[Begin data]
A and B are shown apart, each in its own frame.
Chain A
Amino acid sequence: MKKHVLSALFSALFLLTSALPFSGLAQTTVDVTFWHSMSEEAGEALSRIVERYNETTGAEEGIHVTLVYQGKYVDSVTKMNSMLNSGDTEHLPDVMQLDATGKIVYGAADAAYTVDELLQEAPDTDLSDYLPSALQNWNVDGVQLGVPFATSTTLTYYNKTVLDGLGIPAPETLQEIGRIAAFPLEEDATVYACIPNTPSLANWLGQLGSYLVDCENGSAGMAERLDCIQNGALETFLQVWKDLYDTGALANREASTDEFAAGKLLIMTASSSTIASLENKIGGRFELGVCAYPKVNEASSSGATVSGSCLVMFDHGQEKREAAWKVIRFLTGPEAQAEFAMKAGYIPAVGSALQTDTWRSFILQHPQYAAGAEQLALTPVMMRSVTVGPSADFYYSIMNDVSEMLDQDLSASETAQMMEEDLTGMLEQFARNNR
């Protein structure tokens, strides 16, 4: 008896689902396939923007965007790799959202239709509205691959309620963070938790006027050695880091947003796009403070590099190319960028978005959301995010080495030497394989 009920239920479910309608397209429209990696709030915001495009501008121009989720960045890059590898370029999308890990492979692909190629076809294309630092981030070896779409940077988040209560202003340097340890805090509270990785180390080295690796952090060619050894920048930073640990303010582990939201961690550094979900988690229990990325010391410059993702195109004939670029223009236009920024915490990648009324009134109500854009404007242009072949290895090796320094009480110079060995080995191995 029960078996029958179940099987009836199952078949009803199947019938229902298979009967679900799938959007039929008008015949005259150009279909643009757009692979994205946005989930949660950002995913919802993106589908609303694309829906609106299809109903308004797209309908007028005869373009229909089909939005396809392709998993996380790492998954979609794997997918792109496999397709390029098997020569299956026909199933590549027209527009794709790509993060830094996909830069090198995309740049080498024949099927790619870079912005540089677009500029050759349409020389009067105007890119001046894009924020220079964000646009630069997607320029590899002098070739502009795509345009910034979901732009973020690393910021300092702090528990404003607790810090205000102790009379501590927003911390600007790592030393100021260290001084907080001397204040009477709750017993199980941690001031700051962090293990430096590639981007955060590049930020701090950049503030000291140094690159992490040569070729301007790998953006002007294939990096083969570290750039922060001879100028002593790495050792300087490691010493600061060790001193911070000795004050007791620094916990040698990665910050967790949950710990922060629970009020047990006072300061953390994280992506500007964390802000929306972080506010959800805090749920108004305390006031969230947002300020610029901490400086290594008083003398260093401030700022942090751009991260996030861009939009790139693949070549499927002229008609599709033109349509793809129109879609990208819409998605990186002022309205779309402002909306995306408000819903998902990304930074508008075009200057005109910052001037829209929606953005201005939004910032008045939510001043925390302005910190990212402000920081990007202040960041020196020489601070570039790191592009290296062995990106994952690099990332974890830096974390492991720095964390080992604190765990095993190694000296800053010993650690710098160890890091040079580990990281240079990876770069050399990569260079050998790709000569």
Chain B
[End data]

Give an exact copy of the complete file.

A and B are shown apart, each in its own frame.
Chain A
Amino acid sequence: MKKHVLSALFSALFLLTSALPFSGLAQTTVDVTFWHSMSEEAGEALSRIVERYNETTGAEEGIHVTLVYQGKYVDSVTKMNSMLNSGDTEHLPDVMQLDATGKIVYGAADAAYTVDELLQEAPDTDLSDYLPSALQNWNVDGVQLGVPFATSTTLTYYNKTVLDGLGIPAPETLQEIGRIAAFPLEEDATVYACIPNTPSLANWLGQLGSYLVDCENGSAGMAERLDCIQNGALETFLQVWKDLYDTGALANREASTDEFAAGKLLIMTASSSTIASLENKIGGRFELGVCAYPKVNEASSSGATVSGSCLVMFDHGQEKREAAWKVIRFLTGPEAQAEFAMKAGYIPAVGSALQTDTWRSFILQHPQYAAGAEQLALTPVMMRSVTVGPSADFYYSIMNDVSEMLDQDLSASETAQMMEEDLTGMLEQFARNNR
């Protein structure tokens, strides 16, 4: 008896689902396939923007965007790799959202239709509205691959309620963070938790006027050695880091947003796009403070590099190319960028978005959301995010080495030497394989 009920239920479910309608397209429209990696709030915001495009501008121009989720960045890059590898370029999308890990492979692909190629076809294309630092981030070896779409940077988040209560202003340097340890805090509270990785180390080295690796952090060619050894920048930073640990303010582990939201961690550094979900988690229990990325010391410059993702195109004939670029223009236009920024915490990648009324009134109500854009404007242009072949290895090796320094009480110079060995080995191995 029960078996029958179940099987009836199952078949009803199947019938229902298979009967679900799938959007039929008008015949005259150009279909643009757009692979994205946005989930949660950002995913919802993106589908609303694309829906609106299809109903308004797209309908007028005869373009229909089909939005396809392709998993996380790492998954979609794997997918792109496999397709390029098997020569299956026909199933590549027209527009794709790509993060830094996909830069090198995309740049080498024949099927790619870079912005540089677009500029050759349409020389009067105007890119001046894009924020220079964000646009630069997607320029590899002098070739502009795509345009910034979901732009973020690393910021300092702090528990404003607790810090205000102790009379501590927003911390600007790592030393100021260290001084907080001397204040009477709750017993199980941690001031700051962090293990430096590639981007955060590049930020701090950049503030000291140094690159992490040569070729301007790998953006002007294939990096083969570290750039922060001879100028002593790495050792300087490691010493600061060790001193911070000795004050007791620094916990040698990665910050967790949950710990922060629970009020047990006072300061953390994280992506500007964390802000929306972080506010959800805090749920108004305390006031969230947002300020610029901490400086290594008083003398260093401030700022942090751009991260996030861009939009790139693949070549499927002229008609599709033109349509793809129109879609990208819409998605990186002022309205779309402002909306995306408000819903998902990304930074508008075009200057005109910052001037829209929606953005201005939004910032008045939510001043925390302005910190990212402000920081990007202040960041020196020489601070570039790191592009290296062995990106994952690099990332974890830096974390492991720095964390080992604190765990095993190694000296800053010993650690710098160890890091040079580990990281240079990876770069050399990569260079050998790709000569």
Chain B